Despite Protests, Republicans Approve Proposals to Limit New Gov’s Power

Despite Protests, Republicans Approve Proposals to Limit New Gov’s Power

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Despite protests at the Capitol and many hours of testimony against them, the Wisconsin State Legislature’s Joint Finance Committee (JFC) approved three bills to limit the power of incoming Governor-elect Tony Evers and Attorney General-elect Josh Kaul, but did not advance a proposal to move the state’s presidential primary to March 2020.

The bills now go to the full Legislature today. The State Assembly is scheduled to convene at 1 pm.

The JFC heard more than nine hours of testimony from constituents, each person limited to two minutes. In that time, no one testified in favor of the bills.

Proposals approved by party-line votes around midnight would restructure the Wisconsin Economic Development Corporation to give the Legislature the authority to appoint most of its board members; remove the Attorney General’s authority to choose what lawsuits the state signs on to and give the legislature the authority to hire private lawyers to participate in lawsuits; and limit early voting to two weeks before an election. Also in the bills are policy changes on issues ranging from environmental protections to voter ID to taxation.

Governor-elect Tony Evers has said he would dismantle the WEDC, an agency installed by current Governor Scott Walker to replace the Department of Commerce. The agency has been dogged by mismanagement, missing funds and other issues.

Attorney General-elect Josh Kaul and Evers have both promised to withdraw Wisconsin from a lawsuit to overturn the Affordable Care Act.

The bills approved by JFC last night would make it difficult to fulfill those campaign promises be giving those powers to the legislature.

The bill that didn’t pass would have moved the date of Wisconsin’s presidential primary from April to March of 2020. Currently, statewide elections are scheduled for February 2020 — the state Supreme Court and local election primary — and April — the general election for Supreme Court and local races, as well as the 2020 presidential primary. Republicans worry that a surge of Democratic voters coming out for the presidential primary could hurt conservative Supreme Court Justice Daniel Kelly’s chances of reelection, so they’d rather move the primary to March, creating a third election in three months — a proposal that drew sharp opposition from county clerks, the ones who actually have to administer elections. Dane County Clerk Scott McDonell said 60 of Wisconsin’s 72 County Clerks opposed the move. That measure could be modified and reintroduced, but appears to be dead.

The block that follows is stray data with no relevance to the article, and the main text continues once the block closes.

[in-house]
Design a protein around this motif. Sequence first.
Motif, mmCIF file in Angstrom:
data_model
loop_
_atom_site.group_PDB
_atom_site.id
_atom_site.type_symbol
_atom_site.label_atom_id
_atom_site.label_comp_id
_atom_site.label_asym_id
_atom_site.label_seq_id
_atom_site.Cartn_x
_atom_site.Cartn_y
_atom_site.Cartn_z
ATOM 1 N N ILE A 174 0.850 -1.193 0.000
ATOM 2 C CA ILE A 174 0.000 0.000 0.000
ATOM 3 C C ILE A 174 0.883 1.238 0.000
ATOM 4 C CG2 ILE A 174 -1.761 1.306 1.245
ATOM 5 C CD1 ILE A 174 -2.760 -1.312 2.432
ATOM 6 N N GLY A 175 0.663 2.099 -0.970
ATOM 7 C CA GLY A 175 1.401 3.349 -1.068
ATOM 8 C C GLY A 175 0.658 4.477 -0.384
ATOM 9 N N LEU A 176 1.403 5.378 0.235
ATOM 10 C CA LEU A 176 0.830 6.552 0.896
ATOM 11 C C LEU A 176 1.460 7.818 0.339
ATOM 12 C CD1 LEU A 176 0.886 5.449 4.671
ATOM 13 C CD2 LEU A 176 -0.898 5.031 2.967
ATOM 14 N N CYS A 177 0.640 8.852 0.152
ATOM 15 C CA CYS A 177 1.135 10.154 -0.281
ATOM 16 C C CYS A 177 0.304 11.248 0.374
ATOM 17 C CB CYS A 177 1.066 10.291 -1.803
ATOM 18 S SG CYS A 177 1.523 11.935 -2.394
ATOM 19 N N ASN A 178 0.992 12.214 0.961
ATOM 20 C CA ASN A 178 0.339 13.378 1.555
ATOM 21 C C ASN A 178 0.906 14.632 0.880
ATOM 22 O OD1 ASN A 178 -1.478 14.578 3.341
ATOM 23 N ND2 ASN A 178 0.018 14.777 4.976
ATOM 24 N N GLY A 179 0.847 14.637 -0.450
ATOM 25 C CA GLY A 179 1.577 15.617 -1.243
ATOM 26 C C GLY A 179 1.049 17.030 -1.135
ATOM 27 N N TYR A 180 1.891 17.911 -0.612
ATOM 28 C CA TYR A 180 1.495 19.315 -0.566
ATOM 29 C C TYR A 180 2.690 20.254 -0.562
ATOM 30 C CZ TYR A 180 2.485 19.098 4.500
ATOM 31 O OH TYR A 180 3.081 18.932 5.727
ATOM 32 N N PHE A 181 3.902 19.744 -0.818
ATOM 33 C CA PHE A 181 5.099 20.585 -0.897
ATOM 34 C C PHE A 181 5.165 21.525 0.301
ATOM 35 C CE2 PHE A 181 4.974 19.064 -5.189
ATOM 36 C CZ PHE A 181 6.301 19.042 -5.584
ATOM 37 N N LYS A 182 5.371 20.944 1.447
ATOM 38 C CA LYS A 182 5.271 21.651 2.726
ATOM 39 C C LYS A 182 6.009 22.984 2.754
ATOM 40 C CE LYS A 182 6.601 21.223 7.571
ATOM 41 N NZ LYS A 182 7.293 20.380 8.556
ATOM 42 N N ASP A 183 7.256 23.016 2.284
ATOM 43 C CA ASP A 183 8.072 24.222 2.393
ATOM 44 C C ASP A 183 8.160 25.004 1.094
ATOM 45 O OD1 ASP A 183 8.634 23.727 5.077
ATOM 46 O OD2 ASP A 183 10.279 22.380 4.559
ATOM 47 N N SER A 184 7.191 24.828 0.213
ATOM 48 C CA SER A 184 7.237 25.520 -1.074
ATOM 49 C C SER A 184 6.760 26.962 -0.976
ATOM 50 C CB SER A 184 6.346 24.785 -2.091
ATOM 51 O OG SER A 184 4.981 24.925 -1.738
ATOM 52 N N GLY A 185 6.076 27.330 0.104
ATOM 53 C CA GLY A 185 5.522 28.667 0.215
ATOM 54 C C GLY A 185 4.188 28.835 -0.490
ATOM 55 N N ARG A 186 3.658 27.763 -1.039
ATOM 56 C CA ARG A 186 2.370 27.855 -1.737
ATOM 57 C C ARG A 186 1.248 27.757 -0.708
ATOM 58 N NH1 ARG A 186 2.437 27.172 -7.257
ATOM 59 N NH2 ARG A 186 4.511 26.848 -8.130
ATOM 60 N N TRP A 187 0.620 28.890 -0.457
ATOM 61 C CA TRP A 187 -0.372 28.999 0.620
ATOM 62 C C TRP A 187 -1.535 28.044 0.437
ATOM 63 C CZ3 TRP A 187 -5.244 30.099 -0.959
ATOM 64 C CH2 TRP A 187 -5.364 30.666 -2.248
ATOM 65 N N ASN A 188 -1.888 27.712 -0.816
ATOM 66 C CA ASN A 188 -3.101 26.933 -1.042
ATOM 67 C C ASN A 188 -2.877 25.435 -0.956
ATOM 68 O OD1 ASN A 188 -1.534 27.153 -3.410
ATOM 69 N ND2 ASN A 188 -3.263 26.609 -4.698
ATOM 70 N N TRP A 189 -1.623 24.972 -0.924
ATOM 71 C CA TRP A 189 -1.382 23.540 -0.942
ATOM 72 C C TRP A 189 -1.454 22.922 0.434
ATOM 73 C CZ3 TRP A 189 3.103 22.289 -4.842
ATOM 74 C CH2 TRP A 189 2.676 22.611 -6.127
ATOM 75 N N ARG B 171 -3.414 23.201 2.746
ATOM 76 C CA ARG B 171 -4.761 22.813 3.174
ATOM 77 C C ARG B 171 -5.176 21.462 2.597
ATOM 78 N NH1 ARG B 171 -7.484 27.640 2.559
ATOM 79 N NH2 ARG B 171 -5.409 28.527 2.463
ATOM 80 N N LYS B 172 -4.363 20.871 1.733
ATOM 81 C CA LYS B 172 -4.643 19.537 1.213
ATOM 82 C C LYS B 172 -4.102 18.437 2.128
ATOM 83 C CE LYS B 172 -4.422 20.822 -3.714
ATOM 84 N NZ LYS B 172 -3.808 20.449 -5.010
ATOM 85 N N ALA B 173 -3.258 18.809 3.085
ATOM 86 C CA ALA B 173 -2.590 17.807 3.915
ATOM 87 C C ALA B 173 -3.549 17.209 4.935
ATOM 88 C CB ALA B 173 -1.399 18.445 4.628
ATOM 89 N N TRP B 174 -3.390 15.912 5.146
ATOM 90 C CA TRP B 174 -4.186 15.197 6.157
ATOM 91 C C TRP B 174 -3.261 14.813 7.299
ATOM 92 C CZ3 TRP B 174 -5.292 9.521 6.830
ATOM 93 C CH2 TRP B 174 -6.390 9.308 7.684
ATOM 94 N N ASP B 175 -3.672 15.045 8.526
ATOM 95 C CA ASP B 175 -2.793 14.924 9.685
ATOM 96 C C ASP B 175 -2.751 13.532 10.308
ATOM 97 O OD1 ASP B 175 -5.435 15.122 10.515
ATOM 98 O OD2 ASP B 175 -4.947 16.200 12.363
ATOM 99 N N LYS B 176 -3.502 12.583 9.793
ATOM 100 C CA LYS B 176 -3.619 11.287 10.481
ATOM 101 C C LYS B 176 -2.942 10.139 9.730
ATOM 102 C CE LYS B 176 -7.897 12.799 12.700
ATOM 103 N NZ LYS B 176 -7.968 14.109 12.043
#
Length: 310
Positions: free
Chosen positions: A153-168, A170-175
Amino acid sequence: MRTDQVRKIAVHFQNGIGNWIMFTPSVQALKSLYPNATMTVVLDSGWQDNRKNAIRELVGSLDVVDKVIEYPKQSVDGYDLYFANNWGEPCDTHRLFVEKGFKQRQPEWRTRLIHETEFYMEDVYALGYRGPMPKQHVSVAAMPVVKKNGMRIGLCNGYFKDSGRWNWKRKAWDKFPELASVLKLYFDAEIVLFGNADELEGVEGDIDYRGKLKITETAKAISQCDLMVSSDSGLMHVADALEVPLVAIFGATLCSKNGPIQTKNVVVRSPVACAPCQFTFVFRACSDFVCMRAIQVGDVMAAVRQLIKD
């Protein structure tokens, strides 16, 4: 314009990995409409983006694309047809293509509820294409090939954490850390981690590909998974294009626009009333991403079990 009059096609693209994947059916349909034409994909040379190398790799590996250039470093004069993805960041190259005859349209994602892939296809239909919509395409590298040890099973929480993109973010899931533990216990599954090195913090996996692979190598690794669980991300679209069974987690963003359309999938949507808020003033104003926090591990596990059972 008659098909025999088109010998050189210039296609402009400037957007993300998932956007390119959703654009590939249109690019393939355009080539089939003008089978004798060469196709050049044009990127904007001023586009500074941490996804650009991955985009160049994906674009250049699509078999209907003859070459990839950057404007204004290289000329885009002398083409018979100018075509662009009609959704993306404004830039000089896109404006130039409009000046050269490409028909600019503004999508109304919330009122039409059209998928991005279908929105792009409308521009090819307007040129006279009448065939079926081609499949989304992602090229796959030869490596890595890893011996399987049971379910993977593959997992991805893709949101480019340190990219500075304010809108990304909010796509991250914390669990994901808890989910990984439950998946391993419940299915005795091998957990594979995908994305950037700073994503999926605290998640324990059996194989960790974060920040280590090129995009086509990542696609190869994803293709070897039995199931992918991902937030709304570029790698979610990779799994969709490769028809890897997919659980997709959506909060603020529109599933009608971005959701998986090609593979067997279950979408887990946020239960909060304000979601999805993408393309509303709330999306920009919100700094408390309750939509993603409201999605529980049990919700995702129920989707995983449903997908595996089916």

As the hearing dragged on into the night, hundreds of protesters gathered in the cold outside the capitol to express frustration at what they felt was the Republicans’ attempt to cling to power.

State Rep-elect Shelia Stubbs speaks at a rally outside the Capitol. Photo by Robert Chappell

“On November 6th, the people of Wisconsin turned out in historic numbers and elected Tony Evers as our governor. In doing so, we made our voices heard, and we sent a very clear message that echoed throughout the nation,” said State Representative-Elect Shelia Stubbs, who will become the first African American to represent any part of Dane County in the legislature. “We are sick and tired of cynical, divided politics. Instead, we want politics that are responsive to the people. The people have voted. Let their voices be heard. We need people that are going to continue to stand up to invest in education, affordable healthcare, and access within our criminal justice system. As Wisconsinites, we should all be outraged today. We are saddened today that our voices and our votes are not being heard or counted. Instead, the Republicans do not want to respect our decision. I stand here today to tell you I will fight tooth and nail with you on this fight because it is important that our voices are heard.”

Addressing Assembly Speaker Robin Voss by name, Stubbs said, “If you wanted to be governor, you should have run for governor.”

Secretary of State Doug La Follette implored the crowd to come back in greater numbers.

“These hundreds of people tonight, tomorrow we need five thousand, six thousand to come here and take our capitol back and tell them to stop this crap,” he said. “Stop this crap they’re doing. Can you do it? I will be here tomorrow and I hope you will bring thousands of people to our capital. Thousands of you come here and stop what they’re trying to do.”

“Wisconsinites want us, as legislators and as people in this state, to come together and to solve the problems that our state faces instead of putting politics and power ahead of the people,” said State Rep. Lisa Subeck. “As such, Republicans should change course. They should work with our incoming administration. Work with Tony Evers, not against him. Work with Josh Kaul, not against him. Work with (Lt. Governor-elect) Mandela Barnes and (Treasurer-elect) Sarah Godlewski and Doug La Follette, not against them. And do what is right for the people of Wisconsin. It’s high time we do good for the people.”

In a press conference Monday, Senate Majority Leader Scott Fitzgerald said he didn’t know where the outrage was coming from. Fitzgerald and Voss both told reporters the proposals are meant to create more equality among the branches of government, but also that the proposals are explicitly intended to curtail Evers’ power and undermine his “very liberal agenda.”

The State Senate will convene at 11 am and the Assembly at 1 pm Tuesday to consider the bills. Evers has said he will consider all options, including going to court, to stop the changes from taking effect.

 

Written by Robert Chappell

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